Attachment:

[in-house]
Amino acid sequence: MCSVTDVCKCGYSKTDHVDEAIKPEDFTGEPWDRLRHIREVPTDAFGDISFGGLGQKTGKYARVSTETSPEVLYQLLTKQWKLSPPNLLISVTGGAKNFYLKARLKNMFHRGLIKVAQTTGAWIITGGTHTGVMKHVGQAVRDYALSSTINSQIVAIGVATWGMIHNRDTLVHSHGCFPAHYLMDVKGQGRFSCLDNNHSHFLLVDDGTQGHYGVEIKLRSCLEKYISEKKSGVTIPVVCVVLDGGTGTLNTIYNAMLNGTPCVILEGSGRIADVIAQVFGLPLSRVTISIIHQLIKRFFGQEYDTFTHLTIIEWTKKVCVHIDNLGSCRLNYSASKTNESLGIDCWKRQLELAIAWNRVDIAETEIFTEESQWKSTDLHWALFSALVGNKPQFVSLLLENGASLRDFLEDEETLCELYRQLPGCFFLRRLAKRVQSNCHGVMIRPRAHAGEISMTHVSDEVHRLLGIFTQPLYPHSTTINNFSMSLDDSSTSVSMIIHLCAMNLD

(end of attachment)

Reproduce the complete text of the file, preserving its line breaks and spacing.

[in-house]
Amino acid sequence: MCSVTDVCKCGYSKTDHVDEAIKPEDFTGEPWDRLRHIREVPTDAFGDISFGGLGQKTGKYARVSTETSPEVLYQLLTKQWKLSPPNLLISVTGGAKNFYLKARLKNMFHRGLIKVAQTTGAWIITGGTHTGVMKHVGQAVRDYALSSTINSQIVAIGVATWGMIHNRDTLVHSHGCFPAHYLMDVKGQGRFSCLDNNHSHFLLVDDGTQGHYGVEIKLRSCLEKYISEKKSGVTIPVVCVVLDGGTGTLNTIYNAMLNGTPCVILEGSGRIADVIAQVFGLPLSRVTISIIHQLIKRFFGQEYDTFTHLTIIEWTKKVCVHIDNLGSCRLNYSASKTNESLGIDCWKRQLELAIAWNRVDIAETEIFTEESQWKSTDLHWALFSALVGNKPQFVSLLLENGASLRDFLEDEETLCELYRQLPGCFFLRRLAKRVQSNCHGVMIRPRAHAGEISMTHVSDEVHRLLGIFTQPLYPHSTTINNFSMSLDDSSTSVSMIIHLCAMNLD